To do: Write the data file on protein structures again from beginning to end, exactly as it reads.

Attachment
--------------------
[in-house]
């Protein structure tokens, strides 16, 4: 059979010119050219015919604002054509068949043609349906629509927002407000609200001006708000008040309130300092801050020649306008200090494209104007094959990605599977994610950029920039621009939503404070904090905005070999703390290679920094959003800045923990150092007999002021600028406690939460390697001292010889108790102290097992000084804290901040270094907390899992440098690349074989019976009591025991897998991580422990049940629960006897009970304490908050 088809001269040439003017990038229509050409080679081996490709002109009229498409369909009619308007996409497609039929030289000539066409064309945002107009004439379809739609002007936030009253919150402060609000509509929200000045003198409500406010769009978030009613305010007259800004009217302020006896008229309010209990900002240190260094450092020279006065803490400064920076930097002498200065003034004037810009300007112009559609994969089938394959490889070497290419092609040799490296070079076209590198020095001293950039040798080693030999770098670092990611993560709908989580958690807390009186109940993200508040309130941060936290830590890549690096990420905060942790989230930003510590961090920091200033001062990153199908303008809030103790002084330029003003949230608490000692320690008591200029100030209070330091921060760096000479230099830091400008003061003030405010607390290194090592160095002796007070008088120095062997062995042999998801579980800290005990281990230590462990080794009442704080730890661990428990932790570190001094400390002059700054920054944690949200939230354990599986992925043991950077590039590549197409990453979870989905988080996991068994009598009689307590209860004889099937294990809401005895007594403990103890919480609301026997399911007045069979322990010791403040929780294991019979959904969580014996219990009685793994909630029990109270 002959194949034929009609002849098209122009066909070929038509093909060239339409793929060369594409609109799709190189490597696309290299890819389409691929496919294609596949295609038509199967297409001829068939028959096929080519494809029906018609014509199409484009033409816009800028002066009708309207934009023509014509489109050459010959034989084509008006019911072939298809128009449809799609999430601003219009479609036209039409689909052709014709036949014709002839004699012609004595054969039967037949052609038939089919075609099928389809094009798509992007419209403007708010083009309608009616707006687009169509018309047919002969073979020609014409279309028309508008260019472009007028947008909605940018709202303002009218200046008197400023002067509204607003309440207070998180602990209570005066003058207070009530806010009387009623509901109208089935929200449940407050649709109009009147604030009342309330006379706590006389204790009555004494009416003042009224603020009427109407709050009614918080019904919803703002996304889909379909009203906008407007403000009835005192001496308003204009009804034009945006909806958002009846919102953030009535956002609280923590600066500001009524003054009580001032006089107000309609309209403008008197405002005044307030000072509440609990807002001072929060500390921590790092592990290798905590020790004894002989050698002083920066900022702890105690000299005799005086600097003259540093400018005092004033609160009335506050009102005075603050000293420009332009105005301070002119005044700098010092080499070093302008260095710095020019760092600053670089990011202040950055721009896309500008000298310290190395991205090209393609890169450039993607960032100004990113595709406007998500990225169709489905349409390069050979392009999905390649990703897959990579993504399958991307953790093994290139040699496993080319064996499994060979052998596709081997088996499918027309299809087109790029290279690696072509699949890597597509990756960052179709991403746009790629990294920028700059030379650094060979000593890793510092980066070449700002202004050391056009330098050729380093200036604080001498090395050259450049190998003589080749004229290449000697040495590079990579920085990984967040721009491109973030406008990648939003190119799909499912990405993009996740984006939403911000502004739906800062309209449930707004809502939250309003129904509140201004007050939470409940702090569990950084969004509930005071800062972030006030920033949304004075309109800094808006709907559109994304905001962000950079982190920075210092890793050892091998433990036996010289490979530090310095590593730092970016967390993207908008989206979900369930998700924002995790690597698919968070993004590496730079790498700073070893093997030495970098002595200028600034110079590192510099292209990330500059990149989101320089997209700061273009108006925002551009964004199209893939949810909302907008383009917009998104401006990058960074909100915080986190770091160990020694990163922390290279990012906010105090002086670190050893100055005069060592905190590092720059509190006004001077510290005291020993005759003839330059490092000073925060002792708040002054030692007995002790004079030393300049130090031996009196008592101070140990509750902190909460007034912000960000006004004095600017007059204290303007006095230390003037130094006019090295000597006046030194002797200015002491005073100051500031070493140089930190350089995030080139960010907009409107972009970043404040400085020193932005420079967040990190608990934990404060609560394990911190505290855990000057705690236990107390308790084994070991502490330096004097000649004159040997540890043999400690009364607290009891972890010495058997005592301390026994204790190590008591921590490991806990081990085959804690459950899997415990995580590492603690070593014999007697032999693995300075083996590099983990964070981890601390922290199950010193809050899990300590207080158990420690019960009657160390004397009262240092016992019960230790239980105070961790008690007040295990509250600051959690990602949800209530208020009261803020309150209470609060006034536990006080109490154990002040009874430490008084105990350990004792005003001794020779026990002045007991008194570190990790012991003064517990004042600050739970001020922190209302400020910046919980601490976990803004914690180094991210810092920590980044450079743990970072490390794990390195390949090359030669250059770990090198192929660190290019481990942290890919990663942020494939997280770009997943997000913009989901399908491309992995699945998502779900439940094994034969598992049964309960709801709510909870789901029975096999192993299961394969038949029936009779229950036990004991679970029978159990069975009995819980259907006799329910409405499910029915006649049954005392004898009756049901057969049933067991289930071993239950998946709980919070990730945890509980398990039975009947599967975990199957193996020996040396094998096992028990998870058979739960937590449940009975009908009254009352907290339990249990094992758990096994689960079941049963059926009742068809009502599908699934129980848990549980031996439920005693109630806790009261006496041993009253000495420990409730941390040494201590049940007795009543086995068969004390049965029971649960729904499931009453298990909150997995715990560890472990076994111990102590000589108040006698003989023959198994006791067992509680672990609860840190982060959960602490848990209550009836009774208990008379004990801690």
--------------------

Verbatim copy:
[in-house]
């Protein structure tokens, strides 16, 4: 059979010119050219015919604002054509068949043609349906629509927002407000609200001006708000008040309130300092801050020649306008200090494209104007094959990605599977994610950029920039621009939503404070904090905005070999703390290679920094959003800045923990150092007999002021600028406690939460390697001292010889108790102290097992000084804290901040270094907390899992440098690349074989019976009591025991897998991580422990049940629960006897009970304490908050 088809001269040439003017990038229509050409080679081996490709002109009229498409369909009619308007996409497609039929030289000539066409064309945002107009004439379809739609002007936030009253919150402060609000509509929200000045003198409500406010769009978030009613305010007259800004009217302020006896008229309010209990900002240190260094450092020279006065803490400064920076930097002498200065003034004037810009300007112009559609994969089938394959490889070497290419092609040799490296070079076209590198020095001293950039040798080693030999770098670092990611993560709908989580958690807390009186109940993200508040309130941060936290830590890549690096990420905060942790989230930003510590961090920091200033001062990153199908303008809030103790002084330029003003949230608490000692320690008591200029100030209070330091921060760096000479230099830091400008003061003030405010607390290194090592160095002796007070008088120095062997062995042999998801579980800290005990281990230590462990080794009442704080730890661990428990932790570190001094400390002059700054920054944690949200939230354990599986992925043991950077590039590549197409990453979870989905988080996991068994009598009689307590209860004889099937294990809401005895007594403990103890919480609301026997399911007045069979322990010791403040929780294991019979959904969580014996219990009685793994909630029990109270 002959194949034929009609002849098209122009066909070929038509093909060239339409793929060369594409609109799709190189490597696309290299890819389409691929496919294609596949295609038509199967297409001829068939028959096929080519494809029906018609014509199409484009033409816009800028002066009708309207934009023509014509489109050459010959034989084509008006019911072939298809128009449809799609999430601003219009479609036209039409689909052709014709036949014709002839004699012609004595054969039967037949052609038939089919075609099928389809094009798509992007419209403007708010083009309608009616707006687009169509018309047919002969073979020609014409279309028309508008260019472009007028947008909605940018709202303002009218200046008197400023002067509204607003309440207070998180602990209570005066003058207070009530806010009387009623509901109208089935929200449940407050649709109009009147604030009342309330006379706590006389204790009555004494009416003042009224603020009427109407709050009614918080019904919803703002996304889909379909009203906008407007403000009835005192001496308003204009009804034009945006909806958002009846919102953030009535956002609280923590600066500001009524003054009580001032006089107000309609309209403008008197405002005044307030000072509440609990807002001072929060500390921590790092592990290798905590020790004894002989050698002083920066900022702890105690000299005799005086600097003259540093400018005092004033609160009335506050009102005075603050000293420009332009105005301070002119005044700098010092080499070093302008260095710095020019760092600053670089990011202040950055721009896309500008000298310290190395991205090209393609890169450039993607960032100004990113595709406007998500990225169709489905349409390069050979392009999905390649990703897959990579993504399958991307953790093994290139040699496993080319064996499994060979052998596709081997088996499918027309299809087109790029290279690696072509699949890597597509990756960052179709991403746009790629990294920028700059030379650094060979000593890793510092980066070449700002202004050391056009330098050729380093200036604080001498090395050259450049190998003589080749004229290449000697040495590079990579920085990984967040721009491109973030406008990648939003190119799909499912990405993009996740984006939403911000502004739906800062309209449930707004809502939250309003129904509140201004007050939470409940702090569990950084969004509930005071800062972030006030920033949304004075309109800094808006709907559109994304905001962000950079982190920075210092890793050892091998433990036996010289490979530090310095590593730092970016967390993207908008989206979900369930998700924002995790690597698919968070993004590496730079790498700073070893093997030495970098002595200028600034110079590192510099292209990330500059990149989101320089997209700061273009108006925002551009964004199209893939949810909302907008383009917009998104401006990058960074909100915080986190770091160990020694990163922390290279990012906010105090002086670190050893100055005069060592905190590092720059509190006004001077510290005291020993005759003839330059490092000073925060002792708040002054030692007995002790004079030393300049130090031996009196008592101070140990509750902190909460007034912000960000006004004095600017007059204290303007006095230390003037130094006019090295000597006046030194002797200015002491005073100051500031070493140089930190350089995030080139960010907009409107972009970043404040400085020193932005420079967040990190608990934990404060609560394990911190505290855990000057705690236990107390308790084994070991502490330096004097000649004159040997540890043999400690009364607290009891972890010495058997005592301390026994204790190590008591921590490991806990081990085959804690459950899997415990995580590492603690070593014999007697032999693995300075083996590099983990964070981890601390922290199950010193809050899990300590207080158990420690019960009657160390004397009262240092016992019960230790239980105070961790008690007040295990509250600051959690990602949800209530208020009261803020309150209470609060006034536990006080109490154990002040009874430490008084105990350990004792005003001794020779026990002045007991008194570190990790012991003064517990004042600050739970001020922190209302400020910046919980601490976990803004914690180094991210810092920590980044450079743990970072490390794990390195390949090359030669250059770990090198192929660190290019481990942290890919990663942020494939997280770009997943997000913009989901399908491309992995699945998502779900439940094994034969598992049964309960709801709510909870789901029975096999192993299961394969038949029936009779229950036990004991679970029978159990069975009995819980259907006799329910409405499910029915006649049954005392004898009756049901057969049933067991289930071993239950998946709980919070990730945890509980398990039975009947599967975990199957193996020996040396094998096992028990998870058979739960937590449940009975009908009254009352907290339990249990094992758990096994689960079941049963059926009742068809009502599908699934129980848990549980031996439920005693109630806790009261006496041993009253000495420990409730941390040494201590049940007795009543086995068969004390049965029971649960729904499931009453298990909150997995715990560890472990076994111990102590000589108040006698003989023959198994006791067992509680672990609860840190982060959960602490848990209550009836009774208990008379004990801690």